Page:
When we talk about the decolonization of Singapore, it is inextricably woven into the decolonization of Malaya in many history books. Singapore "seceded", or rather, was forced to leave Malaysia to become an independent country not of its choice. According to Nicholas Tarling, "Singapore it was never thought could be independent " in the sense that it could be a stand-alone sovereign nation, and this is evident on various levels. The colonial master, Britain, had not envisaged an independent Singapore but left open the possibility of the island attaining independence through merger with the Federation . Lee Kuan Yew, Singapore's most prominent Prime Minister, mentioned in his memoirs, "Some countries are born independent. Some achieve independence. Singapore had independence thrust upon itÐ'...We had never sought independence ". In fact, he even went as far as to postulate that "those who believed that a small country like Singapore could gain full independence by itself must be mad ". Therefore, independence was not something the people of Singapore sought after, but instead, was compelled to have. This is in juxtaposition from the decolonization processes of most of its neighbours, who sought independence either through peaceful or violent means. India and the Philippines exemplify the latter process, while French Indochina (Vietnam, Laos and Cambodia) and Indonesia exemplify the former process. Thus, this feature of Singapore's decolonization process Ð'- which is that it did not even seek to be independent in the first place, is in contrast with the efforts of its neighbours.

Furthermore, while its neighbours seek to be sovereign, independent states on their own during their decolonization processes, Singapore's only notion of independence lay in a merger with Malaya . This is reinforced by both the People's Action Party (PAP) and the Singapore Progressive Party (SPP) at that time period too. According to Chew, "an independent Singapore was not foreseen even in the original manifesto of the PAP, as it was never believed to be either politically or economically viable. " The SPP's "central political objective was a self-governing Singapore through gradual stages of reforms and ultimately national independence Singapore through a Singapore-Malaya merger ". Such an overriding and exclusive concept of a decolonization process to achieve independence is indeed unique, for none of its neighbours had envisaged their own independence in such a manner.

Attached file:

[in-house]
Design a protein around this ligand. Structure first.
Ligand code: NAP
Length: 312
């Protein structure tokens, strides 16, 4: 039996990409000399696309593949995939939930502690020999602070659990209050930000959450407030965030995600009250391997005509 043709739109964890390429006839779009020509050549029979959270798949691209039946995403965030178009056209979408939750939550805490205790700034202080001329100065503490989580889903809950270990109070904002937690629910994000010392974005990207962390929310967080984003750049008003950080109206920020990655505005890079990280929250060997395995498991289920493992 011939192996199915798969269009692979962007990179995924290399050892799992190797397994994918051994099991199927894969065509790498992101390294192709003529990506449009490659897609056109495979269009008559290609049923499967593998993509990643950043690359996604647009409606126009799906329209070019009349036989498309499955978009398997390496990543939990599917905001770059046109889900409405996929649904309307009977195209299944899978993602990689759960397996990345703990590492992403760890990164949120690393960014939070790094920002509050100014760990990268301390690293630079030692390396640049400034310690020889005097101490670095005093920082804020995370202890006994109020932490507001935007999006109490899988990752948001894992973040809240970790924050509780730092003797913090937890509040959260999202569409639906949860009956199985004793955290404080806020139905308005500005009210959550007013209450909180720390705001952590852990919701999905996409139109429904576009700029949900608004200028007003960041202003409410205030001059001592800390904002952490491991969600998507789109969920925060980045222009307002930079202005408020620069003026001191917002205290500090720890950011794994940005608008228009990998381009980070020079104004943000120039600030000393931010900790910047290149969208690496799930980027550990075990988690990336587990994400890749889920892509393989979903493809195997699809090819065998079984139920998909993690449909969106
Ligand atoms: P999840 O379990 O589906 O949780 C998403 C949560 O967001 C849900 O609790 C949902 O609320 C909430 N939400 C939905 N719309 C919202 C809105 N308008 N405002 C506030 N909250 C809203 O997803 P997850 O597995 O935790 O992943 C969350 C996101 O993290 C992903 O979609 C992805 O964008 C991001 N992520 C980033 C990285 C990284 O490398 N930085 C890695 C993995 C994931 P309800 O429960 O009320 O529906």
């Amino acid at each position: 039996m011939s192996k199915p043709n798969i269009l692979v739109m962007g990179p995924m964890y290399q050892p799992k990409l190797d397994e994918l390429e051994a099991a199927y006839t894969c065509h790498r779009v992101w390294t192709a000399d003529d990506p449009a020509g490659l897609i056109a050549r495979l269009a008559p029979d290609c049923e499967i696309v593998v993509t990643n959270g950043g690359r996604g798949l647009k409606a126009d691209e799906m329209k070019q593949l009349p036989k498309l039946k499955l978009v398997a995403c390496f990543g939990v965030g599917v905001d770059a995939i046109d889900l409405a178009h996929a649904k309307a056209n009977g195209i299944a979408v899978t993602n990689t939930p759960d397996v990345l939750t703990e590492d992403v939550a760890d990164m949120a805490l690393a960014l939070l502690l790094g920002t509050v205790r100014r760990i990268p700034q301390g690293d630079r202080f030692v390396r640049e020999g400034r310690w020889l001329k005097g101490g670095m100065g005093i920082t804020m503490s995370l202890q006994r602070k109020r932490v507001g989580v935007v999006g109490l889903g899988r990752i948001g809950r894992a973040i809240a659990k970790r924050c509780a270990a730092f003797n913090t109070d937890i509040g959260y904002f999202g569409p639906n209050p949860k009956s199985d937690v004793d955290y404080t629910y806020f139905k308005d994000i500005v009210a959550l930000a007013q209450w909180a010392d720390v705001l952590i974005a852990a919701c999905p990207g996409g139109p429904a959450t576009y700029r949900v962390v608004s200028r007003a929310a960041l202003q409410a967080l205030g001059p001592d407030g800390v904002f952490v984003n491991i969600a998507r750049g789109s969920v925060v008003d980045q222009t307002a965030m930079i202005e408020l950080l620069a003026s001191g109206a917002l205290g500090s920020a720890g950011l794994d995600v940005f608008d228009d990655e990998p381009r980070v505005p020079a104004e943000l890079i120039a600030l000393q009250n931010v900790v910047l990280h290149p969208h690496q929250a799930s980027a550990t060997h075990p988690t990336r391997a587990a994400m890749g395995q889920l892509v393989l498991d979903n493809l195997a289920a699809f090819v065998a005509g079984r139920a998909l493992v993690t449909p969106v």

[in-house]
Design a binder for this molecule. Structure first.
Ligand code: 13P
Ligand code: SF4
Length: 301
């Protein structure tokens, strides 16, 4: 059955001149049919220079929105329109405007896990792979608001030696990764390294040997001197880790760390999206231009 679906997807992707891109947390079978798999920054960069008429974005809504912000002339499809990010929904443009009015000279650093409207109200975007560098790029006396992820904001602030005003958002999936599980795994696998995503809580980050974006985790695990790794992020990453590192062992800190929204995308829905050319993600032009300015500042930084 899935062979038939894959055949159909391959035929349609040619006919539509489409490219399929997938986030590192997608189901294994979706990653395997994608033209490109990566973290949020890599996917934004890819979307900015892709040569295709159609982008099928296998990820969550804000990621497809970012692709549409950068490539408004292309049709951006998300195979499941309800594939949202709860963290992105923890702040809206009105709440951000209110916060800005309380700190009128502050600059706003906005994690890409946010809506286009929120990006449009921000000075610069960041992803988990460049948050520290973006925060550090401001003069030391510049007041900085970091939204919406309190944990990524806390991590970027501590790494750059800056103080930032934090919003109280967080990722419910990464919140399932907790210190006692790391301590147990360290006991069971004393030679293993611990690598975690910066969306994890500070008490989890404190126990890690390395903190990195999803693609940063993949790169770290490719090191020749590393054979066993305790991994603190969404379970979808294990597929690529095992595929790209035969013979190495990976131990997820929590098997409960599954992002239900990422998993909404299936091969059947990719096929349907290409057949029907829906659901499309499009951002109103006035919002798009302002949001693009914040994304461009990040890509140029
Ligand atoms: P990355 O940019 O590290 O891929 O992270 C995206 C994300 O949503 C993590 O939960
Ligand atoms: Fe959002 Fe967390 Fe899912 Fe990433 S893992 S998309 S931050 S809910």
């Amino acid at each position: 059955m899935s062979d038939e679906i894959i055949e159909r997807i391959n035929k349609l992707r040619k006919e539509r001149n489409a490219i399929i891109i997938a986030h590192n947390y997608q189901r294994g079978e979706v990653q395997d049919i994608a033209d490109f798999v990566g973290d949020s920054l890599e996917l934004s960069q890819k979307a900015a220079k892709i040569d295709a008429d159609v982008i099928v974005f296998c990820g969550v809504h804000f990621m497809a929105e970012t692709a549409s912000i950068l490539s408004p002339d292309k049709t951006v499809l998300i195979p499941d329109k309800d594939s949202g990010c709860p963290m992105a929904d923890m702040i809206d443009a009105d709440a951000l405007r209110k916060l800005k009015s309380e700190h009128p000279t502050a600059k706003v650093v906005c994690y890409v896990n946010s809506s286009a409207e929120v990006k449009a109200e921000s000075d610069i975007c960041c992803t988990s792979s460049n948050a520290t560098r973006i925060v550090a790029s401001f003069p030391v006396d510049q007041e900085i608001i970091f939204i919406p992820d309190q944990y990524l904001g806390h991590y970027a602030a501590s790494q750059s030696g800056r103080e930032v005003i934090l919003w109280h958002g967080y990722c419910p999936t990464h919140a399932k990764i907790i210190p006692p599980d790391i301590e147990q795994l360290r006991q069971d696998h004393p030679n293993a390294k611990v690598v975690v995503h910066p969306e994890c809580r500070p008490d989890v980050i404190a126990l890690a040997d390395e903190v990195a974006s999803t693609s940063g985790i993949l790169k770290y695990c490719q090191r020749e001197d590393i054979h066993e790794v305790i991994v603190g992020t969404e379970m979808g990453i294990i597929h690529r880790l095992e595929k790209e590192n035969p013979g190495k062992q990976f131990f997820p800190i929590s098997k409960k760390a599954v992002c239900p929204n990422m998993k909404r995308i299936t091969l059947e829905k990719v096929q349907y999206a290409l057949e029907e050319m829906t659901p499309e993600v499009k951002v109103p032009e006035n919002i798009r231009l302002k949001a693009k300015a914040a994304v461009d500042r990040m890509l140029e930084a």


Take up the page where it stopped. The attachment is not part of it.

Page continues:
Yet, one cannot overlook two paramount concerns. Firstly, the independence of Singapore in which it became an individual, sovereign nation was actually through a fairly step-by-step process in which the British colonial master handed over certain reigning powers over to the political leaders of Singapore; even though this process was geared towards independence through merger with the Federation. This is somewhat akin to most of its neighbours' processes, albeit subjected to several nuances. Secondly, the controversial debate of whether Lee Kuan Yew entered heated debates with Tunku Abdul Rahman, therefore engineering the whole separation from Malaysia has also raised the question of whether Lee did seek to have the independence of Singapore as an individual nation-state.

The second salient point of dissimilarity when comparing Singapore's decolonization process with that of her neighbours is the matter of whether a mass-based indigenous nationalist movement had emerged on the Singapore political